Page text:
Cellular messenger RNA levels are achieved by the combinatorial complexity of factors controlling transcription, yet the small number of molecules involved in these pathways fluctuates stochastically. It has not yet been experimentally possible to observe the activity of single polymerases on an endogenous gene to elucidate how these events occur in vivo. Here, we describe a method of fluctuation analysis of fluorescently labeled RNA to measure dynamics of nascent RNA–including initiation, elongation, and termination–at an active yeast locus. We find no transcriptional memory between initiation events, and elongation speed can vary by threefold throughout the cell cycle. By measuring the abundance and intranuclear mobility of an upstream transcription factor, we observe that the gene firing rate is directly determined by trans-activating factor search times.

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04/14/11 | Intracellular determinants of hippocampal CA1 place and silent cell activity in a novel environment.
Epsztein J, Brecht M, Lee AK
Neuron. 2011 Apr 14;70(1):109-20. doi: 10.1016/j.neuron.2011.03.006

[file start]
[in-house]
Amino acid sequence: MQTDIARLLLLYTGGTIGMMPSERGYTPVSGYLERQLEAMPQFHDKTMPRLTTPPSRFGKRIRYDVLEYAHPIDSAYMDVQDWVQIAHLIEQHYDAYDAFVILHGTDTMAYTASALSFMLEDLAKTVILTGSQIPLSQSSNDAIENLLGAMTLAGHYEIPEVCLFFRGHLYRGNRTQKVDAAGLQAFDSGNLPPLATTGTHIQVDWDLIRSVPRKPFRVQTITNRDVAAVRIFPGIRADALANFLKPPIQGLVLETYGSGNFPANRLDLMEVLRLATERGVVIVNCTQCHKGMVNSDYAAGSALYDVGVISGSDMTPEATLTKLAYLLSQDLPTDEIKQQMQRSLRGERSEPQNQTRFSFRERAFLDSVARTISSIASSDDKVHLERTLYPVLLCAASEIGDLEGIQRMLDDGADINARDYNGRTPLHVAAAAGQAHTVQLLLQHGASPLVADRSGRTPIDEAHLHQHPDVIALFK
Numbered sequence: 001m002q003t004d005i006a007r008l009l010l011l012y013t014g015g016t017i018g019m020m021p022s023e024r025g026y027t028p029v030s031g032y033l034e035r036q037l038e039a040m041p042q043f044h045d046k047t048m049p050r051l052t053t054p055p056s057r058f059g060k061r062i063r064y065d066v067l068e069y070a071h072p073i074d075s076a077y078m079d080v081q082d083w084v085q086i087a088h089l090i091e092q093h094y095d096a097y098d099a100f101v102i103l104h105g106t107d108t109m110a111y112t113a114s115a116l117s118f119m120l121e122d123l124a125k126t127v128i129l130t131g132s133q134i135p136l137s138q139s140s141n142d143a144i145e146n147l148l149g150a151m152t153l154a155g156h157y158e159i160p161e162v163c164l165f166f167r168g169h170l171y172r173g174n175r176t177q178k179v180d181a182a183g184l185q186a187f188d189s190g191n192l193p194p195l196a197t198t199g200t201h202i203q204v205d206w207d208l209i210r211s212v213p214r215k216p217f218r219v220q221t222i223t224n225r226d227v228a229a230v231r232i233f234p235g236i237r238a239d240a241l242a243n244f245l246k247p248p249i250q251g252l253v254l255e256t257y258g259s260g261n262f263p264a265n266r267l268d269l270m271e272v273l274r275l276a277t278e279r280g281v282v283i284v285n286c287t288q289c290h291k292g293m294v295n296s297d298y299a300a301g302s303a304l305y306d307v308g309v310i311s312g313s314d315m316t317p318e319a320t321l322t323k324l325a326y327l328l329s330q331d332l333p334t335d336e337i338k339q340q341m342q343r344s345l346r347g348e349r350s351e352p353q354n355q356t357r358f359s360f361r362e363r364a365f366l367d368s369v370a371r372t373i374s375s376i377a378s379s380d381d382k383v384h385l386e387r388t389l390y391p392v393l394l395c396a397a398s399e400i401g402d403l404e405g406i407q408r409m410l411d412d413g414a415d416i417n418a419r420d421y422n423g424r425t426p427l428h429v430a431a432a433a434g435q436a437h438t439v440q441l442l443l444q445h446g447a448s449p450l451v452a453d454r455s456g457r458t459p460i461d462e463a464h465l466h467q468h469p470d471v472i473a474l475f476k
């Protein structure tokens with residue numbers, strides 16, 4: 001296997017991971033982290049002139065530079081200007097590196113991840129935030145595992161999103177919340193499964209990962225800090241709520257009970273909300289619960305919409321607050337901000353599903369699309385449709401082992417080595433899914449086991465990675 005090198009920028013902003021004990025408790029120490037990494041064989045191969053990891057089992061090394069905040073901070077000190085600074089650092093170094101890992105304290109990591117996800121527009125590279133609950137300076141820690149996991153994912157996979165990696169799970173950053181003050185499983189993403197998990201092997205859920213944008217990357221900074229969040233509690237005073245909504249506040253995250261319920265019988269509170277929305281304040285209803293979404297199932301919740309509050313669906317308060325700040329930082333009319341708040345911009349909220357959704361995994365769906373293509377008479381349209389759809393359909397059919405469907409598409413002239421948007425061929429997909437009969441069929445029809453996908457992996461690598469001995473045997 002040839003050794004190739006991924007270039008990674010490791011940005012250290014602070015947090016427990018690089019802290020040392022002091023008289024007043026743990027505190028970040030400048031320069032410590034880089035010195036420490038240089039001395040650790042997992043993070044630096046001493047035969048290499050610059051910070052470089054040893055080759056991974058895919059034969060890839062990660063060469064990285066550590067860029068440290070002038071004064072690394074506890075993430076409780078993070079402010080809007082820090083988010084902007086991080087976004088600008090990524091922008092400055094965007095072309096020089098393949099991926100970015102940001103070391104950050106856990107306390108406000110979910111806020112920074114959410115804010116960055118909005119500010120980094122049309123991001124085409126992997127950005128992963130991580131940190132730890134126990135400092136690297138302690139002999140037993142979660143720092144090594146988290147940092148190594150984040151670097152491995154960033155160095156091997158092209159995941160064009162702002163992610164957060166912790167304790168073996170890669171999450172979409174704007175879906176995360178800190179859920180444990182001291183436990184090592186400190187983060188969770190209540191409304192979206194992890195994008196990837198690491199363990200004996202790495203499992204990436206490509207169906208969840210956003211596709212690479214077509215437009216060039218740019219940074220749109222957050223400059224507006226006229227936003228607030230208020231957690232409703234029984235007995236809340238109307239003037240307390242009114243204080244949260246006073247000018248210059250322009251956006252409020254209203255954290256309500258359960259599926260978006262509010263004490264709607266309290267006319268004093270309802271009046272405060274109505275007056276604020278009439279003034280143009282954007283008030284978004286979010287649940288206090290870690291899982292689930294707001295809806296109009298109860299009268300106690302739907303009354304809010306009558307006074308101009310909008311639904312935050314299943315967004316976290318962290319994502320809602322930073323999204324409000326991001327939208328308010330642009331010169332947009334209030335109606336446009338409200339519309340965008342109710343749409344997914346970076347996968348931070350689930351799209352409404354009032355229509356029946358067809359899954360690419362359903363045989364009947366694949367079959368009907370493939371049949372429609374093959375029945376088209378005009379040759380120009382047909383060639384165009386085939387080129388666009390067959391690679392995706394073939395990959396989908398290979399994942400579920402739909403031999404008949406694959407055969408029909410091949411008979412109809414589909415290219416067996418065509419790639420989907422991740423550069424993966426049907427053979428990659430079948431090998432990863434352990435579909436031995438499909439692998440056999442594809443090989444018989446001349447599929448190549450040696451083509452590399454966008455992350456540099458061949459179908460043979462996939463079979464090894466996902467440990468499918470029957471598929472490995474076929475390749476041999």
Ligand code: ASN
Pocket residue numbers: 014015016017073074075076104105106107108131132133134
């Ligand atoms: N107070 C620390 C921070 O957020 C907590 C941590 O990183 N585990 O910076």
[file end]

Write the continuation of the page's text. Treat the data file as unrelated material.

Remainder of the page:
For each environment a rodent has explored, its hippocampus contains a map consisting of a unique subset of neurons, called place cells, that have spatially tuned spiking there, with the remaining neurons being essentially silent. Using whole-cell recording in freely moving rats exploring a novel maze, we observed differences in intrinsic cellular properties and input-based subthreshold membrane potential levels underlying this division into place and silent cells. Compared to silent cells, place cells had lower spike thresholds and peaked versus flat subthreshold membrane potentials as a function of animal location. Both differences were evident from the beginning of exploration. Additionally, future place cells exhibited higher burst propensity before exploration. Thus, internal settings appear to predetermine which cells will represent the next novel environment encountered. Furthermore, place cells fired spatially tuned bursts with large, putatively calcium-mediated depolarizations that could trigger plasticity and stabilize the new map for long-term storage. Our results provide new insight into hippocampal memory formation.